You know spring has arrived at McGill when the boards are taken down from around the three bares and the quidditch team resumes their weekend practices in front of the architecture building. Not only has spring arrived in Montreal, but summer as well, with temperatures in the mid-twenties and sunny skies all weekend.
However, the long weekend is now over and regular spring (aka rainy) weather returns. For those who took the weekend off from school, tomorrow morning means a return to the studio. For those of us who spent the weekend in studio, well its just another day.
I am a first-year student at McGill in the School of Architecture's B.Sc.(Arch) degree. This three year (four if you are from out-of-province) undergraduate degree leads to a three-semester accredited M.Arch. degree and, perhaps, life as a real architect.
One week before the end of the academic year, (three if you count the exam period), might seem like an odd time to start blogging, but I figure its enough time to give you a look at McGill's U1 (first year) program through the rear-view mirror. It was my studio professor Suresh and his former classmate and current Archinet blogger Lian (Harvard GSD) that suggested I volunteer to represent McGill on the site.
The year started off with very abstract projects, but has slowly been working towards more concrete 'architecture' in the second semester, the culmination of which is our end-of-year assignment - a House for a Hero. We have been given a site in one of Montreal's latest 'up-and-coming' neighbourhoods (think the next Plateau). The lot is currently occupied by an auto-repair shop, with empty lots to either side. The back borders on an old CP rail line. Our assignment is to design a house, for the wedge-shaped piece of land occupied by the current building, with a public garden behind (currently a parking lot). The twist (and reason for the title) is that the house must either house or exemplify characteristics of a hero of our choosing. Depending on the studio prof, students have interpreted 'hero' in different ways. They are students designing houses for Disney characters such as Cinderella, or real-life heros like Rick Hansen, or even abstract things like a piece of music (one of Chopin's nocturnes). I myself have chosen the men and women who worked as cryptanalysts for the British military during WWII.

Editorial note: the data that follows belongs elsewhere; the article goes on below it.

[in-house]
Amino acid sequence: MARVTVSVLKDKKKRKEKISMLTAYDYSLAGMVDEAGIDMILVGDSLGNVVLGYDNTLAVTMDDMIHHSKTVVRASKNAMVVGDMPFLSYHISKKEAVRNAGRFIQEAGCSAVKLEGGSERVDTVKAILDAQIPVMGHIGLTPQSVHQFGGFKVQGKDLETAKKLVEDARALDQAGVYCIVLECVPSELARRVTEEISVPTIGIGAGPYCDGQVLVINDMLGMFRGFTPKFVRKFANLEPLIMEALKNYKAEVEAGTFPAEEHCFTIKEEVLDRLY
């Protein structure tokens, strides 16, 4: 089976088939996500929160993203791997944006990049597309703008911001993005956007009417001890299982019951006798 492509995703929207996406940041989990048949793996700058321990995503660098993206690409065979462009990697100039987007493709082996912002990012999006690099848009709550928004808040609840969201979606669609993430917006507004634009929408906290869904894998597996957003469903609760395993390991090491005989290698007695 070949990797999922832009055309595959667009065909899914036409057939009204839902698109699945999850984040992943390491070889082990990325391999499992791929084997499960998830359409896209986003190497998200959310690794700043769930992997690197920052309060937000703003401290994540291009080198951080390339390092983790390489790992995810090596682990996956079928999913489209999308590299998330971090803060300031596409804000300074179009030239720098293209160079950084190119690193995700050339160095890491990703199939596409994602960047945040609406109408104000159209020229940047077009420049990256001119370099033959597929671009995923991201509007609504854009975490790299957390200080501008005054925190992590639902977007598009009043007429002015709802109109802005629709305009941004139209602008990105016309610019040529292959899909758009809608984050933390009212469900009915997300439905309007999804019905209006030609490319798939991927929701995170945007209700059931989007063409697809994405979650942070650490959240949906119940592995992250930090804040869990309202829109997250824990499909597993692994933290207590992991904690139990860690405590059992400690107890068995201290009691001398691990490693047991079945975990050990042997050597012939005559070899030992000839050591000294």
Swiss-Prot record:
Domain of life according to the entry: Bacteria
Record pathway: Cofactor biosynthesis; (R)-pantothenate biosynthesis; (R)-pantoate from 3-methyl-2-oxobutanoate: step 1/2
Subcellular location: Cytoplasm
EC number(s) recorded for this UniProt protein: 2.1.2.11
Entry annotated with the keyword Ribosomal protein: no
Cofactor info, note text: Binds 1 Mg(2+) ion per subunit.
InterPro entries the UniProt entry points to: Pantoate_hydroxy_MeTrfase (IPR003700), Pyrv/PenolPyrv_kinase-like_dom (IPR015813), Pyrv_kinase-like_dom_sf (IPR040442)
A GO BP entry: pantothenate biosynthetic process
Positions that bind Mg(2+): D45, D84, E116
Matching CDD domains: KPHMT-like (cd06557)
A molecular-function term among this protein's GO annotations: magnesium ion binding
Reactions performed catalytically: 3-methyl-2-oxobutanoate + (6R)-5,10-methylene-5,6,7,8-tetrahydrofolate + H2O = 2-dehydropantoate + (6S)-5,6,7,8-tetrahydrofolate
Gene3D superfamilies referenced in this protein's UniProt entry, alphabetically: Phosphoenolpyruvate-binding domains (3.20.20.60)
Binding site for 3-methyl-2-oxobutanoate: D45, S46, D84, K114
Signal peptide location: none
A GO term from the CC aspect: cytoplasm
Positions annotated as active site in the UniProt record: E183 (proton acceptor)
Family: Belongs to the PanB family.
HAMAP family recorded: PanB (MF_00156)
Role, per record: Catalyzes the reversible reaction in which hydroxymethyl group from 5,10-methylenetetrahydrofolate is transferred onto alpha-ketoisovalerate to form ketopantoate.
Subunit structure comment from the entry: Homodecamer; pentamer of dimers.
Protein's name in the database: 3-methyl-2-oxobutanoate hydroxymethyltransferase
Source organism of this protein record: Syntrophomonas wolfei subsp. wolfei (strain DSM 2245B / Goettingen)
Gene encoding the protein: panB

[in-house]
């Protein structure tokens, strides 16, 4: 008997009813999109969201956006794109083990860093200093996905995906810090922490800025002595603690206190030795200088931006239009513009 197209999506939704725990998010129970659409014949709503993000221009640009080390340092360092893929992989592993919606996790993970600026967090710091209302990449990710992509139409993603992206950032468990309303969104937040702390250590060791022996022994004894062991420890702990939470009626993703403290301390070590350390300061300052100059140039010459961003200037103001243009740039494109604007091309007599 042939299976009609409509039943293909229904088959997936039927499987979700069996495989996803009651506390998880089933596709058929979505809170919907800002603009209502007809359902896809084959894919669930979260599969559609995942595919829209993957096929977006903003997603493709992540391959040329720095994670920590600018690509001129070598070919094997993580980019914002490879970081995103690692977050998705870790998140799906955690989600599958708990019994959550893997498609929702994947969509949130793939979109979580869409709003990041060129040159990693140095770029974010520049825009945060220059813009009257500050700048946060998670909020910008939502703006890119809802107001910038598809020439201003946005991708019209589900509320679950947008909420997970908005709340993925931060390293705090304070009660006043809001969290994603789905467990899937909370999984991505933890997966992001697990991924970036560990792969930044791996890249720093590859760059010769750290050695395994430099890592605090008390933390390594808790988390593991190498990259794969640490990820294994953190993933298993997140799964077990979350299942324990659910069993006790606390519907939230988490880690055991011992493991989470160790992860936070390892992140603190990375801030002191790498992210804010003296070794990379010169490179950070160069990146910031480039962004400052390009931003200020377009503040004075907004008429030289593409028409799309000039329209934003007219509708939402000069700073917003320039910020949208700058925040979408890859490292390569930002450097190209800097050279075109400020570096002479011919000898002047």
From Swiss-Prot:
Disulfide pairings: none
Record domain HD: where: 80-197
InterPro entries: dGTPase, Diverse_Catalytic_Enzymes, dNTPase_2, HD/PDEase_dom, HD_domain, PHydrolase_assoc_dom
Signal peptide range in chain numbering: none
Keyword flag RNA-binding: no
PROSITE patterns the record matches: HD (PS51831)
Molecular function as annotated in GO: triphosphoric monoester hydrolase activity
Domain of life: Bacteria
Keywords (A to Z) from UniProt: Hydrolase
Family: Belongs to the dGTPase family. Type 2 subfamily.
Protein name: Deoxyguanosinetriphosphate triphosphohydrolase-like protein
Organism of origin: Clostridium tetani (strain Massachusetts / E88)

We present at our final crit of U1 next Monday and Tuesday, so its going to be a busy week! I leave you with photos of the three bares (you can see the architecture building behind) and my studio space (+ a cosy little corner; - very far away from any natural light).